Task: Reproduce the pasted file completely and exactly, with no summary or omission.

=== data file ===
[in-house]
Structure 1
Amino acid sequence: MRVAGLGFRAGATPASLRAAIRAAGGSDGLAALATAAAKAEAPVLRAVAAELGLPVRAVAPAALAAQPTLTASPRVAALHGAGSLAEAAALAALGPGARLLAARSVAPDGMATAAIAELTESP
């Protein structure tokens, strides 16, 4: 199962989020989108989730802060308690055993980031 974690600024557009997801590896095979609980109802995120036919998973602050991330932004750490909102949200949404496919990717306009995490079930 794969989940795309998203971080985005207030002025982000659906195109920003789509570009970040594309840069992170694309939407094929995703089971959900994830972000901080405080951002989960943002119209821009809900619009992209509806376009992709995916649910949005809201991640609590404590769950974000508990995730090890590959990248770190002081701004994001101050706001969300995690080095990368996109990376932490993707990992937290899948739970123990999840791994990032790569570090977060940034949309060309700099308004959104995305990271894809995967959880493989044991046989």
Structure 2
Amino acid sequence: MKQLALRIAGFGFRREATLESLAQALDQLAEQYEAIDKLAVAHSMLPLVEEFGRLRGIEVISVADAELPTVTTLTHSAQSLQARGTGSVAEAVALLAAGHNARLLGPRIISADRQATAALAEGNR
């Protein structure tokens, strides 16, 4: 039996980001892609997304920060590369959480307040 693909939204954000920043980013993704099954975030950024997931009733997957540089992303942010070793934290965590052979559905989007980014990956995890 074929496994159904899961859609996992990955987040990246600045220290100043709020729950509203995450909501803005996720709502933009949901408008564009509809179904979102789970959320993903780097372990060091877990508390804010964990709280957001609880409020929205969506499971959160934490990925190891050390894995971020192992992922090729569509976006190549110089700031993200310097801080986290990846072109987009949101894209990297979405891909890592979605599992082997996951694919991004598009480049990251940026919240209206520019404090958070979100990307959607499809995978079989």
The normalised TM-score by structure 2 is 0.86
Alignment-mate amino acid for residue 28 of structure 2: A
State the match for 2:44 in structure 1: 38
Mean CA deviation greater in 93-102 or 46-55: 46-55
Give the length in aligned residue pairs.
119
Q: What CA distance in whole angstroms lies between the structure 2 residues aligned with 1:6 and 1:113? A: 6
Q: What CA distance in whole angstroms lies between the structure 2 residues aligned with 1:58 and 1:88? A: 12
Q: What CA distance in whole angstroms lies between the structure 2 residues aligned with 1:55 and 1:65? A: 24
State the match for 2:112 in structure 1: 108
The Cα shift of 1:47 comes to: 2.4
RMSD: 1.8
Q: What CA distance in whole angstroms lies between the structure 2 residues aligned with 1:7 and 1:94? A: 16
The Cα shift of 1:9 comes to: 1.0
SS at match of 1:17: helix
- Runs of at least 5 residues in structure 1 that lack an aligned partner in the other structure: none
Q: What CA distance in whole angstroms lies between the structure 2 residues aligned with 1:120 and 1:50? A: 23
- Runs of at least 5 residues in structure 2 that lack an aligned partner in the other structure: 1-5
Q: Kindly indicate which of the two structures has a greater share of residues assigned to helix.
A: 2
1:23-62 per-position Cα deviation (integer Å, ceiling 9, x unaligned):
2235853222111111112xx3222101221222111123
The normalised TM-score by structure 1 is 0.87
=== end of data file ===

[in-house]
Structure 1
Amino acid sequence: MRVAGLGFRAGATPASLRAAIRAAGGSDGLAALATAAAKAEAPVLRAVAAELGLPVRAVAPAALAAQPTLTASPRVAALHGAGSLAEAAALAALGPGARLLAARSVAPDGMATAAIAELTESP
């Protein structure tokens, strides 16, 4: 199962989020989108989730802060308690055993980031 974690600024557009997801590896095979609980109802995120036919998973602050991330932004750490909102949200949404496919990717306009995490079930 794969989940795309998203971080985005207030002025982000659906195109920003789509570009970040594309840069992170694309939407094929995703089971959900994830972000901080405080951002989960943002119209821009809900619009992209509806376009992709995916649910949005809201991640609590404590769950974000508990995730090890590959990248770190002081701004994001101050706001969300995690080095990368996109990376932490993707990992937290899948739970123990999840791994990032790569570090977060940034949309060309700099308004959104995305990271894809995967959880493989044991046989």
Structure 2
Amino acid sequence: MKQLALRIAGFGFRREATLESLAQALDQLAEQYEAIDKLAVAHSMLPLVEEFGRLRGIEVISVADAELPTVTTLTHSAQSLQARGTGSVAEAVALLAAGHNARLLGPRIISADRQATAALAEGNR
């Protein structure tokens, strides 16, 4: 039996980001892609997304920060590369959480307040 693909939204954000920043980013993704099954975030950024997931009733997957540089992303942010070793934290965590052979559905989007980014990956995890 074929496994159904899961859609996992990955987040990246600045220290100043709020729950509203995450909501803005996720709502933009949901408008564009509809179904979102789970959320993903780097372990060091877990508390804010964990709280957001609880409020929205969506499971959160934490990925190891050390894995971020192992992922090729569509976006190549110089700031993200310097801080986290990846072109987009949101894209990297979405891909890592979605599992082997996951694919991004598009480049990251940026919240209206520019404090958070979100990307959607499809995978079989």
The normalised TM-score by structure 2 is 0.86
Alignment-mate amino acid for residue 28 of structure 2: A
State the match for 2:44 in structure 1: 38
Mean CA deviation greater in 93-102 or 46-55: 46-55
Give the length in aligned residue pairs.
119
Q: What CA distance in whole angstroms lies between the structure 2 residues aligned with 1:6 and 1:113? A: 6
Q: What CA distance in whole angstroms lies between the structure 2 residues aligned with 1:58 and 1:88? A: 12
Q: What CA distance in whole angstroms lies between the structure 2 residues aligned with 1:55 and 1:65? A: 24
State the match for 2:112 in structure 1: 108
The Cα shift of 1:47 comes to: 2.4
RMSD: 1.8
Q: What CA distance in whole angstroms lies between the structure 2 residues aligned with 1:7 and 1:94? A: 16
The Cα shift of 1:9 comes to: 1.0
SS at match of 1:17: helix
- Runs of at least 5 residues in structure 1 that lack an aligned partner in the other structure: none
Q: What CA distance in whole angstroms lies between the structure 2 residues aligned with 1:120 and 1:50? A: 23
- Runs of at least 5 residues in structure 2 that lack an aligned partner in the other structure: 1-5
Q: Kindly indicate which of the two structures has a greater share of residues assigned to helix.
A: 2
1:23-62 per-position Cα deviation (integer Å, ceiling 9, x unaligned):
2235853222111111112xx3222101221222111123
The normalised TM-score by structure 1 is 0.87